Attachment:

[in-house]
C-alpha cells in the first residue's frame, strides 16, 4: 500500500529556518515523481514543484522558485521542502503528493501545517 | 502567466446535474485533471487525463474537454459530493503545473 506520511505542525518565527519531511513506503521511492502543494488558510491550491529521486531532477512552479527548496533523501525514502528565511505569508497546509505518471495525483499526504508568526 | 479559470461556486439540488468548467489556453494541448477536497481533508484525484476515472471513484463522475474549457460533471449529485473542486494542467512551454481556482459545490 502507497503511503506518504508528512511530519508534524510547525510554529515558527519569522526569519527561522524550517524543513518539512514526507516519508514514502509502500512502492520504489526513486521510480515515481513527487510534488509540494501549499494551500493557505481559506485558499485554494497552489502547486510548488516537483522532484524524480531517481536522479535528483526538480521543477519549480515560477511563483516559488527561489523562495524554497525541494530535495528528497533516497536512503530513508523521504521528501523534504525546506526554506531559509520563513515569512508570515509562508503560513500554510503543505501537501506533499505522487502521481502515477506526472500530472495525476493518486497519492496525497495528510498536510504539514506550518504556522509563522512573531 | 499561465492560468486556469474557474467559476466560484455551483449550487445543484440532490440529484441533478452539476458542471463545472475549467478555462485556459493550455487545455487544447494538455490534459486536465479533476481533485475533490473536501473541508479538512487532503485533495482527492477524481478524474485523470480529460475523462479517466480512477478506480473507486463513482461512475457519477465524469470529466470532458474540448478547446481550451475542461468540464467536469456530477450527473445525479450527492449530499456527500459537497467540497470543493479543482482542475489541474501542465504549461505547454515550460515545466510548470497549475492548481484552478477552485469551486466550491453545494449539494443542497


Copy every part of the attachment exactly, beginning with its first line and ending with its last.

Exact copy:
[in-house]
C-alpha cells in the first residue's frame, strides 16, 4: 500500500529556518515523481514543484522558485521542502503528493501545517 | 502567466446535474485533471487525463474537454459530493503545473 506520511505542525518565527519531511513506503521511492502543494488558510491550491529521486531532477512552479527548496533523501525514502528565511505569508497546509505518471495525483499526504508568526 | 479559470461556486439540488468548467489556453494541448477536497481533508484525484476515472471513484463522475474549457460533471449529485473542486494542467512551454481556482459545490 502507497503511503506518504508528512511530519508534524510547525510554529515558527519569522526569519527561522524550517524543513518539512514526507516519508514514502509502500512502492520504489526513486521510480515515481513527487510534488509540494501549499494551500493557505481559506485558499485554494497552489502547486510548488516537483522532484524524480531517481536522479535528483526538480521543477519549480515560477511563483516559488527561489523562495524554497525541494530535495528528497533516497536512503530513508523521504521528501523534504525546506526554506531559509520563513515569512508570515509562508503560513500554510503543505501537501506533499505522487502521481502515477506526472500530472495525476493518486497519492496525497495528510498536510504539514506550518504556522509563522512573531 | 499561465492560468486556469474557474467559476466560484455551483449550487445543484440532490440529484441533478452539476458542471463545472475549467478555462485556459493550455487545455487544447494538455490534459486536465479533476481533485475533490473536501473541508479538512487532503485533495482527492477524481478524474485523470480529460475523462479517466480512477478506480473507486463513482461512475457519477465524469470529466470532458474540448478547446481550451475542461468540464467536469456530477450527473445525479450527492449530499456527500459537497467540497470543493479543482482542475489541474501542465504549461505547454515550460515545466510548470497549475492548481484552478477552485469551486466550491453545494449539494443542497